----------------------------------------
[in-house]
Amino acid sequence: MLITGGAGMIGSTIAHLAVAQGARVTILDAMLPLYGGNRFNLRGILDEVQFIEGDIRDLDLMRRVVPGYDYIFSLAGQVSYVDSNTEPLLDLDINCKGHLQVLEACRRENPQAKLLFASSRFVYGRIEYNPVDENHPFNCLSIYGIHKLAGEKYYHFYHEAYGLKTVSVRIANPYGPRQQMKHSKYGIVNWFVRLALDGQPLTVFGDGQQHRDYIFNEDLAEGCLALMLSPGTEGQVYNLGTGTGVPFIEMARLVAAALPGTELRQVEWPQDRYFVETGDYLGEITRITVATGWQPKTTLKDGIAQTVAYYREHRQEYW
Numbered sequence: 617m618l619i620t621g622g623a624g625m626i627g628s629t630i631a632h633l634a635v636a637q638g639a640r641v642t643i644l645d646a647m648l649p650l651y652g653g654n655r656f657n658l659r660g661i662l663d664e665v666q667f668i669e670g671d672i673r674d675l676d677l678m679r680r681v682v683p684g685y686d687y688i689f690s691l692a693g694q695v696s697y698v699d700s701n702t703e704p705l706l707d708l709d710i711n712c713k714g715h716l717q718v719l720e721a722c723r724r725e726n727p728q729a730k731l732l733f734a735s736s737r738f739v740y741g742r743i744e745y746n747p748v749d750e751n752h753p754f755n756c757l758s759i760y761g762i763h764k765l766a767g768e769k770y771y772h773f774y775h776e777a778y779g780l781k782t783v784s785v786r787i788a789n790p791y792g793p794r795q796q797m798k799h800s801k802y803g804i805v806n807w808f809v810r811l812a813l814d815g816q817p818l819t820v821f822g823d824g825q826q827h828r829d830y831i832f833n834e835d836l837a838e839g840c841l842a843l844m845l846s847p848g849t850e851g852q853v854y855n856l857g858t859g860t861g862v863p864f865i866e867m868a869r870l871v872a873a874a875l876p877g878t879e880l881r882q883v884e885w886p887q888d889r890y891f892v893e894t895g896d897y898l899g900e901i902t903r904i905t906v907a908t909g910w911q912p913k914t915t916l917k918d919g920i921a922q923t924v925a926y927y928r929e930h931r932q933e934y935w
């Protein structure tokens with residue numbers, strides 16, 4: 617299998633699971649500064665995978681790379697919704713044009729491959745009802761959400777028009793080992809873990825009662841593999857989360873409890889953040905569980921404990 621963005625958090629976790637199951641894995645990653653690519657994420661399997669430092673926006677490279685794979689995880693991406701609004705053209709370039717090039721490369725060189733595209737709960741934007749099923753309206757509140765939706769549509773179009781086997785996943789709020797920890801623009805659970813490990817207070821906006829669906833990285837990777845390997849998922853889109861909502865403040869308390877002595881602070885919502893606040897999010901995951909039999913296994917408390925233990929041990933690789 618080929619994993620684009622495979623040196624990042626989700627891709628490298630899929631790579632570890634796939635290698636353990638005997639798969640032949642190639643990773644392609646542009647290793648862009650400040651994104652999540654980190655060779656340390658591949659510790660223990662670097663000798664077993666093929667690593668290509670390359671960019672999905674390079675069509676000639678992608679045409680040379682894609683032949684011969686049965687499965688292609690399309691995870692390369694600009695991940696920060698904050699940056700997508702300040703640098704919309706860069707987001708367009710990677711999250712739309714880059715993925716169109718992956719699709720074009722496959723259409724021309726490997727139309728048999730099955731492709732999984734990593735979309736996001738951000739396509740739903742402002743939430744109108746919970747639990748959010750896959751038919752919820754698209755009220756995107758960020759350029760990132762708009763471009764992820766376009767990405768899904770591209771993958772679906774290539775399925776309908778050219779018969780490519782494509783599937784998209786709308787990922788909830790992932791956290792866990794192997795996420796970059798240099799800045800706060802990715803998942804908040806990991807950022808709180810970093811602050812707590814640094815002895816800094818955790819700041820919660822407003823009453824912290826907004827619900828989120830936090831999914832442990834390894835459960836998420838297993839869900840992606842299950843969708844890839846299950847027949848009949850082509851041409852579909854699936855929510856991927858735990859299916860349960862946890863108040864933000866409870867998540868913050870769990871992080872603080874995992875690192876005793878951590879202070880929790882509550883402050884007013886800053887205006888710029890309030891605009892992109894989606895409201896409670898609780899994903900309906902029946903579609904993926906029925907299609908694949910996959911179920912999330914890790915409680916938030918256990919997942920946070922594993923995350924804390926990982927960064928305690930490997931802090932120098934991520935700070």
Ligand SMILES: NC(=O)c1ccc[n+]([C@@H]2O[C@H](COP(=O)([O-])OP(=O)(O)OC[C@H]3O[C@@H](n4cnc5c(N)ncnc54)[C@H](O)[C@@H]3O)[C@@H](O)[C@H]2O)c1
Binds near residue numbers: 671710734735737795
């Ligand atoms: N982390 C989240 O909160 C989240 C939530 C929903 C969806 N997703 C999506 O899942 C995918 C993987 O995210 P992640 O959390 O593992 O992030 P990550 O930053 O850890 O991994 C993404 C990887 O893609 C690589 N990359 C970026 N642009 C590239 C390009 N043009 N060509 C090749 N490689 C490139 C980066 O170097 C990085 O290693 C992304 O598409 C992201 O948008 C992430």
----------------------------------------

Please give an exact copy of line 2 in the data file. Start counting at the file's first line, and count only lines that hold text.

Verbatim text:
Amino acid sequence: MLITGGAGMIGSTIAHLAVAQGARVTILDAMLPLYGGNRFNLRGILDEVQFIEGDIRDLDLMRRVVPGYDYIFSLAGQVSYVDSNTEPLLDLDINCKGHLQVLEACRRENPQAKLLFASSRFVYGRIEYNPVDENHPFNCLSIYGIHKLAGEKYYHFYHEAYGLKTVSVRIANPYGPRQQMKHSKYGIVNWFVRLALDGQPLTVFGDGQQHRDYIFNEDLAEGCLALMLSPGTEGQVYNLGTGTGVPFIEMARLVAAALPGTELRQVEWPQDRYFVETGDYLGEITRITVATGWQPKTTLKDGIAQTVAYYREHRQEYW